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Is ICE targeting Austin? Local leaders ask agency that question


Highlights

Mid-February ICE operation in Austin sparked fear that the city was being targeted for its immigration stance.

ICE officials said they don’t target Austin in meetings with Travis commissioners, DA, City Council member.

Two weeks after federal immigration agents conducted a major operation in the area, local leaders have started a series of closed-door meetings with U.S. Immigration and Customs Enforcement agency regional officials, who insist they aren’t specifically targeting Austin.

Travis County Judge Sarah Eckhardt met with ICE regional field office director Dan Bible in Austin on Friday, as did County Commissioner Gerald Daugherty and Austin City Council Member Ellen Troxclair in a separate sit-down.

They said they invited Bible and his staff to explain the types of operations the agency conducts, who is generally targeted, and the issue of so-called “collateral arrests” — people who weren’t initially targeted by immigration agents but who might have been with suspects at the time of their arrest.

EXCLUSIVE: Austin No. 1 in U.S. — for noncriminals arrested in ICE raids

The officials also discussed a new controversial jail policy under which Travis County Sheriff Sally Hernandez has dramatically limited her cooperation with the agency and questioned whether her position might have fueled the agency’s focus on the area.

“He denied that there is a target on Travis County’s back,” Eckhardt told the American-Statesman and KVUE-TV.

Daugherty said, “I was interested to know, ‘Are you out doing these crazy roundups trying to snare people?’ … I was told that is absolutely not what they do. They are very strategic about what they do, and they aren’t into randomly going out and picking people up.”

ICE officials, however, provided no data to officials about how the number of arrests in Austin or Travis County this year compared with previous years or the identities of 51 people recently arrested in the Austin area as part of a sting called Operation Cross Check.

Eckhardt said she asked the agency to compile the number of collateral arrests in the past couple of years in Austin “to see if there had been a significant change.” However, she added that Bible told her he could only produce that data for his region — which extends from the border to near Waco — but that it wouldn’t be Austin-specific.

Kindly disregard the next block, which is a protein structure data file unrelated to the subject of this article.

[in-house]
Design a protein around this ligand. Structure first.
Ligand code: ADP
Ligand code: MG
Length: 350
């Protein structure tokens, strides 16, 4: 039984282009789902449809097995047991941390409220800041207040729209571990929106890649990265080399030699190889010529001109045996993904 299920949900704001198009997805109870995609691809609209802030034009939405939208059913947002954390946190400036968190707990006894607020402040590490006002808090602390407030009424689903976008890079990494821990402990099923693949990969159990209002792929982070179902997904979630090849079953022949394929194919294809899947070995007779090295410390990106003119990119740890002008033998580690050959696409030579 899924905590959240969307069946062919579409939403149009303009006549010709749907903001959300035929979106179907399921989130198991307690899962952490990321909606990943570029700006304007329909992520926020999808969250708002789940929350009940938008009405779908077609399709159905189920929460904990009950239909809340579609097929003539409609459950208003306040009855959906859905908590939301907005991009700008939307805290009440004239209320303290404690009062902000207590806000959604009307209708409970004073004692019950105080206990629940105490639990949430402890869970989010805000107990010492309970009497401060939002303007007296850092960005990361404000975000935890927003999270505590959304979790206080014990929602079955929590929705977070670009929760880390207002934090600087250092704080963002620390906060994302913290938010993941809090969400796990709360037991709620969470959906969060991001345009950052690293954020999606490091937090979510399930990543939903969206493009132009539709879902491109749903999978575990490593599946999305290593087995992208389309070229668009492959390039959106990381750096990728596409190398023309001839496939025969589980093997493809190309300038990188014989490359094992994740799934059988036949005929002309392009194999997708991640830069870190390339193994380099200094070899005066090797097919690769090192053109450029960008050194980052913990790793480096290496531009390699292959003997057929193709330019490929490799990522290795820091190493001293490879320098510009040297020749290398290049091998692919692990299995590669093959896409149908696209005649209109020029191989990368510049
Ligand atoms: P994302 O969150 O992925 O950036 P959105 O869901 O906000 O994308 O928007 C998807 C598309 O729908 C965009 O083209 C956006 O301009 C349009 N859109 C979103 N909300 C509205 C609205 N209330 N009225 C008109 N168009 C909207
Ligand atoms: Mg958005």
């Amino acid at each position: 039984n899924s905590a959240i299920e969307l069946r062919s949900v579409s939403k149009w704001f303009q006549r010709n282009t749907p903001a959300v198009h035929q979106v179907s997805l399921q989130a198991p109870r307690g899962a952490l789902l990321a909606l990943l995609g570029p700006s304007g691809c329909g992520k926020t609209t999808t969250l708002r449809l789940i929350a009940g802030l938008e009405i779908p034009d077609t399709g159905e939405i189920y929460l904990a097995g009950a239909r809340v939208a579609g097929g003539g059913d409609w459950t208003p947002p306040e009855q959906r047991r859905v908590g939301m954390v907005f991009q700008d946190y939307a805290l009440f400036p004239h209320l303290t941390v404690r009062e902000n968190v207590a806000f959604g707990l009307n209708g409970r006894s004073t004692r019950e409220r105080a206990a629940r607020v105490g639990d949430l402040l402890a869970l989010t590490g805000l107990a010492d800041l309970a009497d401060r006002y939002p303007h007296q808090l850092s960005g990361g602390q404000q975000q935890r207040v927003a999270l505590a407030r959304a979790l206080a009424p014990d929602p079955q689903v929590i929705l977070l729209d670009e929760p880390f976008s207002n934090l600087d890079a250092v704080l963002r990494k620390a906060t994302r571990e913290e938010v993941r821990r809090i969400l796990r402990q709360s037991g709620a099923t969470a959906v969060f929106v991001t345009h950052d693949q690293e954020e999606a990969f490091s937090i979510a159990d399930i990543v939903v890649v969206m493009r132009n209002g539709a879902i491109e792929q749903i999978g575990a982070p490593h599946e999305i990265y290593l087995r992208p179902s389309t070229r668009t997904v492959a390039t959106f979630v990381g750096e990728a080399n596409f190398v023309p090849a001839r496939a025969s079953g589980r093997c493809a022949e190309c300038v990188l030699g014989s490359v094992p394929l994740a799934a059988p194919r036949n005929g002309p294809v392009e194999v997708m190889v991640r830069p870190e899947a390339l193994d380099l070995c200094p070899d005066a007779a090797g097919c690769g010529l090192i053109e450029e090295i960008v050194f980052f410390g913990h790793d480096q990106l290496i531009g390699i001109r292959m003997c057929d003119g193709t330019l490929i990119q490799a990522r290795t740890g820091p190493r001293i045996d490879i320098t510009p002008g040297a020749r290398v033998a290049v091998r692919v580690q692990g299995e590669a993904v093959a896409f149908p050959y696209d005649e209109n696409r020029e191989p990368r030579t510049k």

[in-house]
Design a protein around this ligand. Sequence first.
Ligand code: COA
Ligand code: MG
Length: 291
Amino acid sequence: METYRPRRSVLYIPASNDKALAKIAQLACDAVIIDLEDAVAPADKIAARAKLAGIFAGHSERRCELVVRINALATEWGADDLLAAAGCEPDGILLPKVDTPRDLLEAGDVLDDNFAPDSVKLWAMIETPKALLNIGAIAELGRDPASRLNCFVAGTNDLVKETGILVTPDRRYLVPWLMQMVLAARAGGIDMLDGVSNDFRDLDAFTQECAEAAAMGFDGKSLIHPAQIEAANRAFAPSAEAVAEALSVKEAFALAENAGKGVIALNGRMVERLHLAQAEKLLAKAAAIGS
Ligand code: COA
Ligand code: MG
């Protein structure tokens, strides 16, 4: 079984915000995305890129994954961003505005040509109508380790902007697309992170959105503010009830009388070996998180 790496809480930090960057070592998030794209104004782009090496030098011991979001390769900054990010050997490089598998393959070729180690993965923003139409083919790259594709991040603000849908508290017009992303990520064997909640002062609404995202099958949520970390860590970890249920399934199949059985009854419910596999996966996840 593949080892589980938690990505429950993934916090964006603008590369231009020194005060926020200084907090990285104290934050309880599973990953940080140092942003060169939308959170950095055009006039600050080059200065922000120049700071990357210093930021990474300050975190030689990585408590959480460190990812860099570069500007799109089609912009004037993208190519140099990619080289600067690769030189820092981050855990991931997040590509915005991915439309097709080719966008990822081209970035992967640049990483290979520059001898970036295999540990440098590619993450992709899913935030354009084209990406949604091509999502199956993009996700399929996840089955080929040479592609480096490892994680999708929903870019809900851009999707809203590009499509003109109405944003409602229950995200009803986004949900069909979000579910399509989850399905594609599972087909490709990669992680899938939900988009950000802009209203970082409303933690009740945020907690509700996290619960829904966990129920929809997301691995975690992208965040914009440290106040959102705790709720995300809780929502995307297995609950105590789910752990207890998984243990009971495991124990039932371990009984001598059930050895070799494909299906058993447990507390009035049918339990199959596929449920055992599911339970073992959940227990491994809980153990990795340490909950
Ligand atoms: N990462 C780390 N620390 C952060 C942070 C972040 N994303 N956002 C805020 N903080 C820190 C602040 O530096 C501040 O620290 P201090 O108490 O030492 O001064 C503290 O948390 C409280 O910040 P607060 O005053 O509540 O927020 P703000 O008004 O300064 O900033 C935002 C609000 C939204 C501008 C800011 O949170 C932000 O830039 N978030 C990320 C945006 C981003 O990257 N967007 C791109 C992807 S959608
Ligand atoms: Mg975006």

“It’s going to be very hard to extract information from that large of a sample,” she said.

The Statesman is seeking that and other information through a request under the federal Freedom of Information Act.

IN-DEPTH: Wave of deportations predicted as Trump changes immigration orders

Yet the meetings with local officials provide a measure of new details from an agency that almost entirely shields information about its operations from the public.

“It was an honest conversation,” Daugherty said. “I didn’t find them to be dodging me in any way. I thought they were straight-shooting me.”

District Attorney Margaret Moore and her staff also were meeting with Bible on Tuesday. Moore said she wants to better understand how her office can prosecute suspected felons on pending charges before they are possibly deported or taken to a federal holding facility.

ICE has been a local focus for weeks, beginning when Hernandez announced her new policy in January. She had said that she will only hold inmates for federal agents if they have been charged with murder, capital murder, aggravated sexual assault or continuous human smuggling.

The policy prompted Gov. Greg Abbott to strip $1.5 million in state grants from the county. State lawmakers are also considering legislation that would ban so-called sanctuary cities and require Texas sheriffs to fully comply with ICE or risk civil penalties and criminal charges.

Two weeks ago, the ICE operation in the Austin area also sparked fear that the city was being targeted for what many describe as its liberal immigration stance.

The Statesman reported last week that of the 51 people arrested, 28 were described by ICE as “non-criminal,” meaning they didn’t have a criminal history. The percentage was significantly higher than in other areas where officials were conducting similar operations, including Atlanta, Chicago, New York and Los Angeles.

Daugherty said he also asked Bible specifically about Hernandez’s new policy, which Daugherty opposes.

“Their answer was, ‘We think we are entitled to detainers regardless of why they are in the jail,’” he said.

Asked Tuesday about the meetings, an agency spokeswoman said, “ICE officers routinely meet with local and state law enforcement officials as we further our partnerships with the San Antonio field office.”



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